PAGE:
Excerpt: Friends with Benefits: The India-US Story by Seema Sirohi
This extract looks at the changing relationship between the two nations and sheds light on “the strangest Trumpism to come India’s way”
Modi’s decisive victory in the 2019 elections not only stunned India but the world. The Americans were surprised by the size of the mandate. They studied the results in detail, including how well the BJP had done in minority-heavy districts. It was well known that Trump liked ‘strong’ leaders... The Trump administration was keen for India to project itself beyond its neighbourhood and the Indian Ocean region.
But Modi 2.0 also aroused Expectations 2.0 in Washington. US officials hoped for swift decision-making on defence and trade fronts. Pompeo went so far as to repeat an election slogan — ‘Modi hai to mumkin hai [Modi makes things possible]’ — in a speech to encourage imaginative solutions to persistent bilateral problems. Welcoming another term for Modi was one thing, but the cheerleading was unusual. Also noticeable was a lack of public criticism by the State Department on communal tensions in India.
...The sense of superiority was noticeably absent in official discourse. It was partly due to a realization that people living in glass houses couldn’t throw stones. Western democracies were drowning in immigration battles, reports of police atrocities and a resurgence of white supremacist sentiment...
But the main reason for the shift was India’s importance in Washington’s larger Indo-Pacific strategy. Republicans and Democrats agreed that India was crucial for maintaining the existing international order...
Modi appointed S Jaishankar as his new foreign minister, bringing the well-known diplomat to the world of politics. Washington’s elite welcomed the appointment as they knew Jaishankar well. Some called it an ‘inspired’ choice. As foreign secretary, Jaishankar had encouraged his colleagues to see Trump’s disruptive policies as an opportunity to increase India’s options. As minister he would have the power to shape those policies.
Jaishankar tried to read the world as it was, not as it should be. The existing order was crumbling — Trump had changed the rules of engagement. More importantly, China’s rise was no longer ‘peaceful’ and Russia was maximizing its clout. Europe was caught in the middle of the three pillars and having a difficult time adjusting. Countries had fewer ‘set plays’ to deploy in the minefield of rising tensions, tariff wars and diminished international institutions. The new normal demanded new responses.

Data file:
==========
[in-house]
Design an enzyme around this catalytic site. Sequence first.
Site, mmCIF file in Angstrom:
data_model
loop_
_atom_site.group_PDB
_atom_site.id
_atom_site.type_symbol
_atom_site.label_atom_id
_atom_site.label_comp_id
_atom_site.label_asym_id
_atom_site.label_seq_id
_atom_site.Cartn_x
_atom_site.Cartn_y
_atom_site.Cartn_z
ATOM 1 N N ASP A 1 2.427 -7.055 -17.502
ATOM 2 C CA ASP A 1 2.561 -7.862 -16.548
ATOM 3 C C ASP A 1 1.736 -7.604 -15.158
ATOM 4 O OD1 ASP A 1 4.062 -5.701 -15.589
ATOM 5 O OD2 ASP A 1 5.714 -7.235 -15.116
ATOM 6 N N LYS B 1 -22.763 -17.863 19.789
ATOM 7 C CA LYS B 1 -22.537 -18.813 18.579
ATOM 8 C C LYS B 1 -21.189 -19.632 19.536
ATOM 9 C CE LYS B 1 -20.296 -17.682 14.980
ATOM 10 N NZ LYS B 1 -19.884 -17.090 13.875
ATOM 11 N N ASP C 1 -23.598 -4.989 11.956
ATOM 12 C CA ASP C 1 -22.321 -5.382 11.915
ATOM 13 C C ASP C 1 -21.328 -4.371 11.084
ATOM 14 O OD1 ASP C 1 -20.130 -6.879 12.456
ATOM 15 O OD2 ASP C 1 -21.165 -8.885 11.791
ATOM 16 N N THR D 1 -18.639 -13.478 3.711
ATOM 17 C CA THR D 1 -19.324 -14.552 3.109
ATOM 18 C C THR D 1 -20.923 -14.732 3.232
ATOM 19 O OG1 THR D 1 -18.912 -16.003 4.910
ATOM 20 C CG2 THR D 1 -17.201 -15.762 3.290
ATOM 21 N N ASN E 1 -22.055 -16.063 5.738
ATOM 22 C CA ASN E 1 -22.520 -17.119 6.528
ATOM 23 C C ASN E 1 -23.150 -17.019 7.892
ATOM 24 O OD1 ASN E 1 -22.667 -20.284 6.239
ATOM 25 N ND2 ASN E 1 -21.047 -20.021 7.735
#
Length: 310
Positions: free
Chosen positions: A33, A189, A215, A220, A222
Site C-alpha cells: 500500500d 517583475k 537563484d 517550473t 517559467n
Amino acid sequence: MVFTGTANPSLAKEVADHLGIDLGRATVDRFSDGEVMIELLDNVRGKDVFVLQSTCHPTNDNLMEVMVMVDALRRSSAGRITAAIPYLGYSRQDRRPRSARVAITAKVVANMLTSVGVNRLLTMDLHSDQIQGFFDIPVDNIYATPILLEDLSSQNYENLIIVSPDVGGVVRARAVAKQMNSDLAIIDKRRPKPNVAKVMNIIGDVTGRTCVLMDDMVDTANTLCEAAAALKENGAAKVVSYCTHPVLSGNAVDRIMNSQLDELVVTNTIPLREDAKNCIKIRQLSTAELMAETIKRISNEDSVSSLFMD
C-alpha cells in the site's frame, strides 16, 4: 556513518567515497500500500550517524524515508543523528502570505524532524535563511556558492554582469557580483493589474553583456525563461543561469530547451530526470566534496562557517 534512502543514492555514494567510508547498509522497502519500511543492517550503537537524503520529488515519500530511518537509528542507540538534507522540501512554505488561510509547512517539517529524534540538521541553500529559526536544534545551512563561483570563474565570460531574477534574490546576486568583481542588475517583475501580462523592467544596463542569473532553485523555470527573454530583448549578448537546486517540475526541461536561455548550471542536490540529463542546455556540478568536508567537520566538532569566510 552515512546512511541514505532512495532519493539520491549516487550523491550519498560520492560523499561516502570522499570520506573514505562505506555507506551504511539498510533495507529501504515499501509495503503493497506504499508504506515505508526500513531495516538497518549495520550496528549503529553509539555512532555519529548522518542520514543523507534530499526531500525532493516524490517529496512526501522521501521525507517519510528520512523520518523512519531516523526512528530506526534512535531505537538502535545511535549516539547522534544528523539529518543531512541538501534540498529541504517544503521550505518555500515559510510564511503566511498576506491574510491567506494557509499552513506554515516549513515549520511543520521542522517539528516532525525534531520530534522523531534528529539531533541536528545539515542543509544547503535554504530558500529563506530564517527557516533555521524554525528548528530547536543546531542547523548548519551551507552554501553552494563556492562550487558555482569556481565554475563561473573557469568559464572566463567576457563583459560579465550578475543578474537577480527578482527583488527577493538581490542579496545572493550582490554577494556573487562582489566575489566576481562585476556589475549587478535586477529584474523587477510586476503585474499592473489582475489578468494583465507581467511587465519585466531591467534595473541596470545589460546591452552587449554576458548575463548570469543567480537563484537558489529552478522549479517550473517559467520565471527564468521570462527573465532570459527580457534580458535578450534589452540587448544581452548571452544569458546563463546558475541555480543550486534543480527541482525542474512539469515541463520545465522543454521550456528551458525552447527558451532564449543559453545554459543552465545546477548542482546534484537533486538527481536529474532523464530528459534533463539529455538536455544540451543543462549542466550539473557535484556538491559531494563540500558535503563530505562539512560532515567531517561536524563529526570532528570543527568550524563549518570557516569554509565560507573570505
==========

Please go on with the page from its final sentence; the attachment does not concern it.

Two weeks before his appointment as foreign minister, Jaishankar had said India should optimize its ties with all major players. It meant ‘cultivating America, steadying Russia, managing China, enthusing Japan and attending to Europe while increasing India’s footprint in the neighbourhood. “Every relationship will have to be leveraged.” Playing safe was not an option, because it could easily become an “opportunity-denial exercise”, he said. Washington was eager to see how far he was willing to go now that he had the Prime Minister’s ear.
Jaishankar’s first major guest was Mike Pompeo, who went to New Delhi to bring the relationship back from the battlefield of trade disputes. Things had got rough around the edges and even Capitol Hill noticed. Eliot Engel, chairman of the House Foreign Affairs Committee, wrote to Pompeo, saying the administration policies on India were “inconsistent”, coercive and unpredictable. The coercive bit was a reference to the Iran oil sanctions. The fact that Engel made the letter public showed the level of concern at the constant battering of friends and foes alike by Trump.
The pairing of Jaishankar and Pompeo was interesting — one a seasoned realist and the other an evangelical Christian... Such was Pompeo’s religiosity that the New York Times questioned the extent to which his evangelical beliefs influenced American diplomacy. White evangelical Christians were a powerful force in the Republican Party, but “no secretary of state in recent decades has been as open and fervent as Mr Pompeo about discussing Christianity and foreign policy in the same breath”.
The Modi government’s push against Christian NGOs and church groups working in India, and the resultant criticism on Capitol Hill, had become a persistent issue. Jaishankar had to deal with the fallout. He had to simultaneously prove his credentials to the BJP while managing the criticism abroad.
Trump Plays the Kashmir Card
The eighteen months between January 2018 and July 2019 were a political eon. Trump’s opening tweet in 2018 denouncing Pakistan’s deceitful behaviour was in the bin of history. He was getting ready to play host to Imran Khan. Senator Graham, a Trump confidant, had played an important role in convincing Trump that a Khan visit would pay dividends. Key White House officials were not consulted on the matter. Once the visit became inevitable, all Lisa Curtis, senior NSC director for South Asia, could do was try to shape it. She knew the region, the complexities and the sensitivities well.